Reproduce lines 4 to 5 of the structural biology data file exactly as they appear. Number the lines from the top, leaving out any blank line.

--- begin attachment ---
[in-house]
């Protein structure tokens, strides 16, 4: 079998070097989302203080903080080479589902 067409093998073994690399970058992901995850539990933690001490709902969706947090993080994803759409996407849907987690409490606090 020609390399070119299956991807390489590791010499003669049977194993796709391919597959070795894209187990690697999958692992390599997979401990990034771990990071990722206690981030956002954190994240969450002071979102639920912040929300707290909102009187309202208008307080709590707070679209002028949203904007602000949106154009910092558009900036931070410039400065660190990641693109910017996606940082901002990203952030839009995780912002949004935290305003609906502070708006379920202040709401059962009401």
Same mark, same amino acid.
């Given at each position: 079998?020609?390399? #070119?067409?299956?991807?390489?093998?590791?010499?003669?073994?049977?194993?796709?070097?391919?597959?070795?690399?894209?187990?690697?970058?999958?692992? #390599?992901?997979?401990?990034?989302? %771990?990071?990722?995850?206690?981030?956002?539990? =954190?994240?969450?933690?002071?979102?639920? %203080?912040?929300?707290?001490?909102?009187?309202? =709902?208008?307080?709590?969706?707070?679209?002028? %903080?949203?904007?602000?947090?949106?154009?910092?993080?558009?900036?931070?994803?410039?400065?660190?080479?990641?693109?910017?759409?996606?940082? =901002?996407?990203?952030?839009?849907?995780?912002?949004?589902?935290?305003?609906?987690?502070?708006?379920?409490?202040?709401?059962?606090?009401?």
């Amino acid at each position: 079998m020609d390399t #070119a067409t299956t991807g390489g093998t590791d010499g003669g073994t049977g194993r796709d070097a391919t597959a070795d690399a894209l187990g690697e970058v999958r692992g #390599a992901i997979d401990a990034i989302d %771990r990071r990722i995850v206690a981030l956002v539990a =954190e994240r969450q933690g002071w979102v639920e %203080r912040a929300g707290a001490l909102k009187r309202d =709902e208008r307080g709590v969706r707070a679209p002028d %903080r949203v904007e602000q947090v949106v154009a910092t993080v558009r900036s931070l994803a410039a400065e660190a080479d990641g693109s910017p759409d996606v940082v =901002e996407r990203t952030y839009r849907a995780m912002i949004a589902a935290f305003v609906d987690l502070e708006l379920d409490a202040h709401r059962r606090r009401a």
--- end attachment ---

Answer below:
């Given at each position: 079998?020609?390399? #070119?067409?299956?991807?390489?093998?590791?010499?003669?073994?049977?194993?796709?070097?391919?597959?070795?690399?894209?187990?690697?970058?999958?692992? #390599?992901?997979?401990?990034?989302? %771990?990071?990722?995850?206690?981030?956002?539990? =954190?994240?969450?933690?002071?979102?639920? %203080?912040?929300?707290?001490?909102?009187?309202? =709902?208008?307080?709590?969706?707070?679209?002028? %903080?949203?904007?602000?947090?949106?154009?910092?993080?558009?900036?931070?994803?410039?400065?660190?080479?990641?693109?910017?759409?996606?940082? =901002?996407?990203?952030?839009?849907?995780?912002?949004?589902?935290?305003?609906?987690?502070?708006?379920?409490?202040?709401?059962?606090?009401?």
């Amino acid at each position: 079998m020609d390399t #070119a067409t299956t991807g390489g093998t590791d010499g003669g073994t049977g194993r796709d070097a391919t597959a070795d690399a894209l187990g690697e970058v999958r692992g #390599a992901i997979d401990a990034i989302d %771990r990071r990722i995850v206690a981030l956002v539990a =954190e994240r969450q933690g002071w979102v639920e %203080r912040a929300g707290a001490l909102k009187r309202d =709902e208008r307080g709590v969706r707070a679209p002028d %903080r949203v904007e602000q947090v949106v154009a910092t993080v558009r900036s931070l994803a410039a400065e660190a080479d990641g693109s910017p759409d996606v940082v =901002e996407r990203t952030y839009r849907a995780m912002i949004a589902a935290f305003v609906d987690l502070e708006l379920d409490a202040h709401r059962r606090r009401a």